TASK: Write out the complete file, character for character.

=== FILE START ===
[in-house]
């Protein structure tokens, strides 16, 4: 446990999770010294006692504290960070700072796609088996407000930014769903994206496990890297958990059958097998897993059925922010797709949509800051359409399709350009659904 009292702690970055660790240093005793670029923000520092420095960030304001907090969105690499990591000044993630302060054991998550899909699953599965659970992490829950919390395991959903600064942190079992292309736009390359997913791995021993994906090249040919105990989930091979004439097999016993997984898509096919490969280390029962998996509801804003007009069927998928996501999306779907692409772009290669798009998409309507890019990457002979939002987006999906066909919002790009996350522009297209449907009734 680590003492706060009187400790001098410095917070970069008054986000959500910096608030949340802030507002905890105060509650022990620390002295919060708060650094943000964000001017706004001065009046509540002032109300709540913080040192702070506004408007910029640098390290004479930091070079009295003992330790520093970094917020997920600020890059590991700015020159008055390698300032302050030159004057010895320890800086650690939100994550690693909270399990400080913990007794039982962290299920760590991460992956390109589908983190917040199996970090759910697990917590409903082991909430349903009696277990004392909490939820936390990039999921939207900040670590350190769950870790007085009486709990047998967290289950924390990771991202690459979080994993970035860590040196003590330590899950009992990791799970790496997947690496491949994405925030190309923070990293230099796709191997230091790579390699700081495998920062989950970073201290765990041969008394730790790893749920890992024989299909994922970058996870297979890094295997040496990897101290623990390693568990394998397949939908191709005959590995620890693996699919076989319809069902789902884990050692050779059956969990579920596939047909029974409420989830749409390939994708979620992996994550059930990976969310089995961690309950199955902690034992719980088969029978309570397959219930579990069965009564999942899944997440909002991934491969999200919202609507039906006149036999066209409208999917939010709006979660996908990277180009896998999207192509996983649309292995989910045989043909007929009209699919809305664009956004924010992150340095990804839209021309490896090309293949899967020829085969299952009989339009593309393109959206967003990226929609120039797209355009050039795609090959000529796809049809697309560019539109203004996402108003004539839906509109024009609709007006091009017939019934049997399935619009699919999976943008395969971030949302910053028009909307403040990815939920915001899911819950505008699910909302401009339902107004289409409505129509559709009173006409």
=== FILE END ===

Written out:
[in-house]
């Protein structure tokens, strides 16, 4: 446990999770010294006692504290960070700072796609088996407000930014769903994206496990890297958990059958097998897993059925922010797709949509800051359409399709350009659904 009292702690970055660790240093005793670029923000520092420095960030304001907090969105690499990591000044993630302060054991998550899909699953599965659970992490829950919390395991959903600064942190079992292309736009390359997913791995021993994906090249040919105990989930091979004439097999016993997984898509096919490969280390029962998996509801804003007009069927998928996501999306779907692409772009290669798009998409309507890019990457002979939002987006999906066909919002790009996350522009297209449907009734 680590003492706060009187400790001098410095917070970069008054986000959500910096608030949340802030507002905890105060509650022990620390002295919060708060650094943000964000001017706004001065009046509540002032109300709540913080040192702070506004408007910029640098390290004479930091070079009295003992330790520093970094917020997920600020890059590991700015020159008055390698300032302050030159004057010895320890800086650690939100994550690693909270399990400080913990007794039982962290299920760590991460992956390109589908983190917040199996970090759910697990917590409903082991909430349903009696277990004392909490939820936390990039999921939207900040670590350190769950870790007085009486709990047998967290289950924390990771991202690459979080994993970035860590040196003590330590899950009992990791799970790496997947690496491949994405925030190309923070990293230099796709191997230091790579390699700081495998920062989950970073201290765990041969008394730790790893749920890992024989299909994922970058996870297979890094295997040496990897101290623990390693568990394998397949939908191709005959590995620890693996699919076989319809069902789902884990050692050779059956969990579920596939047909029974409420989830749409390939994708979620992996994550059930990976969310089995961690309950199955902690034992719980088969029978309570397959219930579990069965009564999942899944997440909002991934491969999200919202609507039906006149036999066209409208999917939010709006979660996908990277180009896998999207192509996983649309292995989910045989043909007929009209699919809305664009956004924010992150340095990804839209021309490896090309293949899967020829085969299952009989339009593309393109959206967003990226929609120039797209355009050039795609090959000529796809049809697309560019539109203004996402108003004539839906509109024009609709007006091009017939019934049997399935619009699919999976943008395969971030949302910053028009909307403040990815939920915001899911819950505008699910909302401009339902107004289409409505129509559709009173006409």